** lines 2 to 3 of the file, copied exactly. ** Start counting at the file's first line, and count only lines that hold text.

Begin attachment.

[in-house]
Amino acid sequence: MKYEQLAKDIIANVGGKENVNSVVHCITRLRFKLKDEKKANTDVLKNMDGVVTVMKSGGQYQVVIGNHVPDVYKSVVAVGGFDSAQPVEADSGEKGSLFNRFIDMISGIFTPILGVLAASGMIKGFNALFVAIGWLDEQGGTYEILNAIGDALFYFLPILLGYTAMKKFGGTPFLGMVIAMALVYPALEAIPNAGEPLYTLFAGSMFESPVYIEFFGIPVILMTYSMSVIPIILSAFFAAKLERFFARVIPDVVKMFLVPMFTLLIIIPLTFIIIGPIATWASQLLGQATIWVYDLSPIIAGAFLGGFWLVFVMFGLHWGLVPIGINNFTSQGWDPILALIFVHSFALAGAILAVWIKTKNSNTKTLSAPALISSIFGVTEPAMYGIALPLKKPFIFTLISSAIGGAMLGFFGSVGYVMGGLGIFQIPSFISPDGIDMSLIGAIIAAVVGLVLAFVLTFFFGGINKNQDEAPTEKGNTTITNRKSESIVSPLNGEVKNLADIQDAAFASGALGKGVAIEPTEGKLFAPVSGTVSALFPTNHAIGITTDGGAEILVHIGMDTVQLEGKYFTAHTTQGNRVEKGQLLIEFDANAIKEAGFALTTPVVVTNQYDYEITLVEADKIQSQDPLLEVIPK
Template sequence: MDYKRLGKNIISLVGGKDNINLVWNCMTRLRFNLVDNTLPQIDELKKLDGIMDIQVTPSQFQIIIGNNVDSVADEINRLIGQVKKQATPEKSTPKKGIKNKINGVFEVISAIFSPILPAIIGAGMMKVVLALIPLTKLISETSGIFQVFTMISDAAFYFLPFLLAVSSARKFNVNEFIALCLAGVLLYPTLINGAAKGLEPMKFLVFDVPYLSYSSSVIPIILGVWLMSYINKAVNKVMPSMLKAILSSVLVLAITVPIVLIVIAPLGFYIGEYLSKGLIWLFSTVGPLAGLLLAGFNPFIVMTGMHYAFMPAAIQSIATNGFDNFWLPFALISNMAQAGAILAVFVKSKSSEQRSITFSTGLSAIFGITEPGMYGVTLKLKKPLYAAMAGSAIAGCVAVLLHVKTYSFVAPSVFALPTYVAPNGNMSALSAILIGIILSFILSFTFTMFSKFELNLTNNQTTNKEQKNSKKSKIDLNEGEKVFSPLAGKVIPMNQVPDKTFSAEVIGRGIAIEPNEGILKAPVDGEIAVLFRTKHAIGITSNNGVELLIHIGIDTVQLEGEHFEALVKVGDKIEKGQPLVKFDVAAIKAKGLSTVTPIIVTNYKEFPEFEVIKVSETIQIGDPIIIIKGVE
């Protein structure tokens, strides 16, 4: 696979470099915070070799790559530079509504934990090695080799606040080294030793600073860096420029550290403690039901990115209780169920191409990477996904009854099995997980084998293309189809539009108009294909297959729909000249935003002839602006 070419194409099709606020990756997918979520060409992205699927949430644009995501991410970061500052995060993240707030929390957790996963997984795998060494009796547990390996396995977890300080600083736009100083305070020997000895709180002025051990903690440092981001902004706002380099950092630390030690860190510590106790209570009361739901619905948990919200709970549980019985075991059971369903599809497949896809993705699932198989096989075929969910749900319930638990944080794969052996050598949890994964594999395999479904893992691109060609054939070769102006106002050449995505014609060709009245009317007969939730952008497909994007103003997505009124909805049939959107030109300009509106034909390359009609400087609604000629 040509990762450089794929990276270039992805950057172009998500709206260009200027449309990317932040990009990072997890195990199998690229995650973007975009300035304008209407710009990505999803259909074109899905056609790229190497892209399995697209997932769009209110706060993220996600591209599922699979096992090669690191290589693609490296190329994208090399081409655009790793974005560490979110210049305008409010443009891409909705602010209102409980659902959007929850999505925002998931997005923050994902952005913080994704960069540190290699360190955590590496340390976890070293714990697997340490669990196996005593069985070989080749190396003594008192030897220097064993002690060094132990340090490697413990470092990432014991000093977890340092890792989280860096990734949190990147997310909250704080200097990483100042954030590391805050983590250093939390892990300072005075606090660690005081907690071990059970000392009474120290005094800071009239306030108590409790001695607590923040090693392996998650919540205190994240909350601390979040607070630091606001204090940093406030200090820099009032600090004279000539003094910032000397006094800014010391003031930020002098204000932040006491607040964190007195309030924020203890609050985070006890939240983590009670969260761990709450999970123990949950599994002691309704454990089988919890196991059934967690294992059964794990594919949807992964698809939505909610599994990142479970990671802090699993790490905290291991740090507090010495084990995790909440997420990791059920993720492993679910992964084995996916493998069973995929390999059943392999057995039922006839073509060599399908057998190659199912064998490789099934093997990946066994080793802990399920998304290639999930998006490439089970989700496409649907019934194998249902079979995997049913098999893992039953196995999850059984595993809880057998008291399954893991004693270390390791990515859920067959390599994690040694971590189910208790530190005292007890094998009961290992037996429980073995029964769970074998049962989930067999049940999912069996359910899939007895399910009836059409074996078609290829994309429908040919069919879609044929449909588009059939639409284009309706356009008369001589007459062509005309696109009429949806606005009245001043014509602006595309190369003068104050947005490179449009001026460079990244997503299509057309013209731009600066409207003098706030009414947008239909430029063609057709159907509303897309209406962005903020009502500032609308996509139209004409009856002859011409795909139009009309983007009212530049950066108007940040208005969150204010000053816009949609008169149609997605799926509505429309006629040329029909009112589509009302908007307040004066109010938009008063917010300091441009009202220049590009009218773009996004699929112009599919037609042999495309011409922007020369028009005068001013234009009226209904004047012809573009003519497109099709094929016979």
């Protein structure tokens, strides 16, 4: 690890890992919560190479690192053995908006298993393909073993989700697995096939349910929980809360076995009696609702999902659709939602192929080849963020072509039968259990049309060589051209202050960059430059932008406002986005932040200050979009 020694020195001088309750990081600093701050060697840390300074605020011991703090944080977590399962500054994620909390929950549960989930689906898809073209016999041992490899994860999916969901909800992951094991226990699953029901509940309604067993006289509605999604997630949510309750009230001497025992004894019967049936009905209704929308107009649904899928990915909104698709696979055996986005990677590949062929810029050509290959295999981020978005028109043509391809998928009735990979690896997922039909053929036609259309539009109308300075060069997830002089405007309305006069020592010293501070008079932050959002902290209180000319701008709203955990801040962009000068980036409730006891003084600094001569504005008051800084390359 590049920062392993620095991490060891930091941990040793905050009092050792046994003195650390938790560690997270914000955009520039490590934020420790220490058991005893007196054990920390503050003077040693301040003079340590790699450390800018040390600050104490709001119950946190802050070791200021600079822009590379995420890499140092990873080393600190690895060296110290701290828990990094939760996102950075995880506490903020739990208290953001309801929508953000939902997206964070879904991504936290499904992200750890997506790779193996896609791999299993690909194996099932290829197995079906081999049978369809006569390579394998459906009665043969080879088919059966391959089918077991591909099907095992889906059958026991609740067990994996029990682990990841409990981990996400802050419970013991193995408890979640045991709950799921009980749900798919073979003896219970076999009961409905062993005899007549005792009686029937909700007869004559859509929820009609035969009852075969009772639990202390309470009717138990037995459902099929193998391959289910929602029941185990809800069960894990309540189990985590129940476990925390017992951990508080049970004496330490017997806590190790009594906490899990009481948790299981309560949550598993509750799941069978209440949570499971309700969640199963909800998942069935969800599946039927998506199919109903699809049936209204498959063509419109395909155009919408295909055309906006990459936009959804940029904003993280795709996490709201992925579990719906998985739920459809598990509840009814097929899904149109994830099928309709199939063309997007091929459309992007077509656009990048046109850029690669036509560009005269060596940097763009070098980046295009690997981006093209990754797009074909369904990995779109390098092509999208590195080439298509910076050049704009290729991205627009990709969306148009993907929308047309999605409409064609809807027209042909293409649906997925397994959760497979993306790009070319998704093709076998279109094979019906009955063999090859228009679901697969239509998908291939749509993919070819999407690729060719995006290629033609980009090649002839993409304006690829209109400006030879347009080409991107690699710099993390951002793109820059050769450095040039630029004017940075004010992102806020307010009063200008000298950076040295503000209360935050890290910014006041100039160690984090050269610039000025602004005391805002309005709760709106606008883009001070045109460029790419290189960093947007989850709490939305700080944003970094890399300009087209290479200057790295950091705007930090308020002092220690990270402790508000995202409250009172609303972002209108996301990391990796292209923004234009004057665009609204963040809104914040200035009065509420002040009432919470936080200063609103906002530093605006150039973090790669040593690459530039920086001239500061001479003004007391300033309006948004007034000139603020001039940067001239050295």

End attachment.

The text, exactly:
Amino acid sequence: MKYEQLAKDIIANVGGKENVNSVVHCITRLRFKLKDEKKANTDVLKNMDGVVTVMKSGGQYQVVIGNHVPDVYKSVVAVGGFDSAQPVEADSGEKGSLFNRFIDMISGIFTPILGVLAASGMIKGFNALFVAIGWLDEQGGTYEILNAIGDALFYFLPILLGYTAMKKFGGTPFLGMVIAMALVYPALEAIPNAGEPLYTLFAGSMFESPVYIEFFGIPVILMTYSMSVIPIILSAFFAAKLERFFARVIPDVVKMFLVPMFTLLIIIPLTFIIIGPIATWASQLLGQATIWVYDLSPIIAGAFLGGFWLVFVMFGLHWGLVPIGINNFTSQGWDPILALIFVHSFALAGAILAVWIKTKNSNTKTLSAPALISSIFGVTEPAMYGIALPLKKPFIFTLISSAIGGAMLGFFGSVGYVMGGLGIFQIPSFISPDGIDMSLIGAIIAAVVGLVLAFVLTFFFGGINKNQDEAPTEKGNTTITNRKSESIVSPLNGEVKNLADIQDAAFASGALGKGVAIEPTEGKLFAPVSGTVSALFPTNHAIGITTDGGAEILVHIGMDTVQLEGKYFTAHTTQGNRVEKGQLLIEFDANAIKEAGFALTTPVVVTNQYDYEITLVEADKIQSQDPLLEVIPK
Template sequence: MDYKRLGKNIISLVGGKDNINLVWNCMTRLRFNLVDNTLPQIDELKKLDGIMDIQVTPSQFQIIIGNNVDSVADEINRLIGQVKKQATPEKSTPKKGIKNKINGVFEVISAIFSPILPAIIGAGMMKVVLALIPLTKLISETSGIFQVFTMISDAAFYFLPFLLAVSSARKFNVNEFIALCLAGVLLYPTLINGAAKGLEPMKFLVFDVPYLSYSSSVIPIILGVWLMSYINKAVNKVMPSMLKAILSSVLVLAITVPIVLIVIAPLGFYIGEYLSKGLIWLFSTVGPLAGLLLAGFNPFIVMTGMHYAFMPAAIQSIATNGFDNFWLPFALISNMAQAGAILAVFVKSKSSEQRSITFSTGLSAIFGITEPGMYGVTLKLKKPLYAAMAGSAIAGCVAVLLHVKTYSFVAPSVFALPTYVAPNGNMSALSAILIGIILSFILSFTFTMFSKFELNLTNNQTTNKEQKNSKKSKIDLNEGEKVFSPLAGKVIPMNQVPDKTFSAEVIGRGIAIEPNEGILKAPVDGEIAVLFRTKHAIGITSNNGVELLIHIGIDTVQLEGEHFEALVKVGDKIEKGQPLVKFDVAAIKAKGLSTVTPIIVTNYKEFPEFEVIKVSETIQIGDPIIIIKGVE